Sleep Apnea

General Psychology
Steven O\'Brien, Psy.D

Sleep, why do people sleep at all? Why can\'t we just stay awake? Some
biologist suggest that sleep provides the opportunity to conduct self-repair and
purge the body of it\'s waste that has built up during the day\'s activity.
Nevertheless, the body is capable of repairing itself and disposing of wastes
during waking hours, so sleep in a way really isn\'t necessary for routine
maintenance (e.g., urinating, etc.). Dr. Quentin Regestein, lead sleep and sleep
disorders researcher at Harvard Medical School also believed that sleep kept our
distant ancestors out of harms way during the night when they could not see as
well as their night roaming predators.
Sleep is regulated by a connected series of structures in the deep midline
areas, and along other way stations that extend through the central axis of the
brain, these structures relay information about things that affect sleep. In Dr.
Regestein notes, he spoke of experiments that were performed by researchers.
The researchers he spoke of would destroy specific brain structures of a lab
animal and then note how the animal slept. For instances, in one lab animal
the researcher cut through the axis of the brain at one level, which would
prevented the animal from awakening; showing that brain structures below the
level of the cut were responsible for awakening the lab animal.
The American Sleep Disorders Association (ASDA), Association for the
Psychophysiological Study of Sleep (APSS), Association of Sleep Disorder Centers
(ASDC), and the American Psychiatric Association (APA) has studied sleep and
sleep disorders since the early 1970\'s. Out of all the sleep disorders
currently being studied, sleep apnea has gain world wide attention, affecting
over 15 million people. Apnea, derived from the Greek word "want to breath."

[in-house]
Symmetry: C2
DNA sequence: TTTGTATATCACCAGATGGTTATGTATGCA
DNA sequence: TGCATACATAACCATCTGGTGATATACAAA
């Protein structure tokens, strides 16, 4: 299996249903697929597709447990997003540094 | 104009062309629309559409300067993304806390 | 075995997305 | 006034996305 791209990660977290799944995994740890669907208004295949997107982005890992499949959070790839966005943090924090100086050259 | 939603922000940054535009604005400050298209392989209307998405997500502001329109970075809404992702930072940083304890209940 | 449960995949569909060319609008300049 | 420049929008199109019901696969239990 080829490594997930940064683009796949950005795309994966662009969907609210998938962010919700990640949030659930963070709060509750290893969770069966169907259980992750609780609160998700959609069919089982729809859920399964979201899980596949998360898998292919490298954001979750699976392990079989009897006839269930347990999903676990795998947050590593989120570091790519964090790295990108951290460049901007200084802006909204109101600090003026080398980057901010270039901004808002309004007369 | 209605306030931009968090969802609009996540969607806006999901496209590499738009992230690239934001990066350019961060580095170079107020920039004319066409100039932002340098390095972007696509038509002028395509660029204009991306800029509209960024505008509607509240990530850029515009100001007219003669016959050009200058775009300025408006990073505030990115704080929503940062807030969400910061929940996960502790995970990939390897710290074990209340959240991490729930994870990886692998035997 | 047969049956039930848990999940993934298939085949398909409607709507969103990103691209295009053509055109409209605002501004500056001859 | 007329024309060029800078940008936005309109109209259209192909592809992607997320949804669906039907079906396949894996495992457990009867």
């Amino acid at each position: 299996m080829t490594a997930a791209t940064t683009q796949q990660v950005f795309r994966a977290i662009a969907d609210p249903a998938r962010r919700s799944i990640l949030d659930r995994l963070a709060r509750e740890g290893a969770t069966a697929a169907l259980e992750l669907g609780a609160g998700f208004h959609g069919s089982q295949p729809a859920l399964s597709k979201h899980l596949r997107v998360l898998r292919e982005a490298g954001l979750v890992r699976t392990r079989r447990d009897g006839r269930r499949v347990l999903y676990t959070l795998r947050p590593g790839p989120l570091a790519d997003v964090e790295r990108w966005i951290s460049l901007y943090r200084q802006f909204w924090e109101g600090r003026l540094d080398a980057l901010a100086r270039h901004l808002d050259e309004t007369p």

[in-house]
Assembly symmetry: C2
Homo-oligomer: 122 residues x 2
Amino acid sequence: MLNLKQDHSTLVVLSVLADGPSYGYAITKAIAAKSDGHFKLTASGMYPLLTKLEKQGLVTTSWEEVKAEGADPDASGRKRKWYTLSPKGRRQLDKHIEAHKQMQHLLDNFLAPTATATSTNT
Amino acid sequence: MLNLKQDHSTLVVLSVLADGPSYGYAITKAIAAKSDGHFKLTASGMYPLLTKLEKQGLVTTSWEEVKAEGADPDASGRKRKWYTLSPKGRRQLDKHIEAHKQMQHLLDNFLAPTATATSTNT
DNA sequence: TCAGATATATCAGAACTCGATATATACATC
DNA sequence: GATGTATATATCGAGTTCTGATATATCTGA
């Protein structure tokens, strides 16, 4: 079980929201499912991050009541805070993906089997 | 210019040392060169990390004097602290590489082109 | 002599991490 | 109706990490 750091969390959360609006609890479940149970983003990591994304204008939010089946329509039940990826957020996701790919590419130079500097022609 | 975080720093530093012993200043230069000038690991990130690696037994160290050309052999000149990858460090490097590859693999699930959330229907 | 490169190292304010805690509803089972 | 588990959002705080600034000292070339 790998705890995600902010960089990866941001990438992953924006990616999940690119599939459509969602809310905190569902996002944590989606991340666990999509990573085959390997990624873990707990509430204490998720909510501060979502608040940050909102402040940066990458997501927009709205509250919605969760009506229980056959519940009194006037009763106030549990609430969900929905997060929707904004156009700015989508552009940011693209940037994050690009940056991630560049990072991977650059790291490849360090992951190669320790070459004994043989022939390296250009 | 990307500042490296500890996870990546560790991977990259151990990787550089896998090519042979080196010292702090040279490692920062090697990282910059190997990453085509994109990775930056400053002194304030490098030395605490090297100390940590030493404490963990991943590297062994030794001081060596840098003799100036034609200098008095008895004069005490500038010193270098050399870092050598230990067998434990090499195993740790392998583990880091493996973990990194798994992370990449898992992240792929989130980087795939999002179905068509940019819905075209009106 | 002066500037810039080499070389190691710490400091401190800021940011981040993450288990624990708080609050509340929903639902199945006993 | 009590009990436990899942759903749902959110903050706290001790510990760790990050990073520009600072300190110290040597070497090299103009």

Sleep Apnea (cessation of air flow at the mouth for greater than 10 seconds) can
reflect 1) loss of central nervous system drive to maintain ventilation, 2)
mechanical upper airway obstruction, or combinations of both. The second
edition of Anesthesia and Co-Existing Disease states "Conversely, obstructive
forms of sleep apnea are due to an abnormal relaxation of the posterior
pharyngeal muscles" - there is persistence of respiratory movements, but airflow
is absent due to upper airway obstruction. Study shows awakening occurs when the
arterial partial pressure of carbon dioxide rise or oxygen falls. Severe apnea,
which affects about 1 percent of the general adult population, often results in
400-500 awakenings a night. Moreover, depending on the severity and the number
of episodes of sleep apnea, the patient\'s daily life and survival can be greatly
endangered. According to the Wisconsin Sleep Cohort Study, over an eight-year
period, a 37 percent death rate has been reported among persons with apnea (20
episodes or more per hour). The Wisconsin Sleep Cohort Study also reported sleep
apnea is more likely to occur in men then women, for the male hormone,
testosterone is believed to be related to sleep apnea. Admittedly, researchers
believe a female hormone, progesterone stimulates respiration and therefore may
help prevent breathing problems. In the Wisconsin Sleep Cohort Study, the
researchers noted a strong link between smoking and sleep apnea. Smokers that
smoked 40 or more cigarettes a day had the greatest risk of developing sleep
apnea then patients who had never smoked. The medical community has yet to fully
understand the intra play of factors producing the sleep apnea syndrome.
Sleep affects psychological well-being. Because sleep apnea deprives
patients of sleep, numerous of studies have consistently shown that sleep loss
affects daytime performance, sleepiness and mood. One of the first capacities
that Dr. Arthur J. Speilman of the Department of Psychology in New York spoke of,
is the ability to produce creative solutions to problems., and how being deprive
of sleep can impair a patients functional capacity. Dr. Paul Glovinsky, Dr.
Spielman\'s research colleague noted "the focus of psychology is behavior, which
at first glance might be thought to cease during sleep". Dr. Glovinsky also
noted "neither the mind nor the body truly cease activity during sleep. Far
from turning off, the brain in sleep generates a variety of states , accompanied
by predictable physiological changes and typical forms of mentation." By
studying Drs. Speilman and Glovinsky works one can conclude, the sleeplessness
of sleep apnea or the prolonged wakefulness of creative output, the timing of
physiological rhythms can be affected by psychological states.
In 1988 a congressional commission determined that sleep related
problems cost American Society 50 billion dollars a year and that 95% of
individuals with sleep disorders were going undiagnosed. According to the
American Academy of Family Physician (AAFP), The standard method for diagnosing
sleep apnea is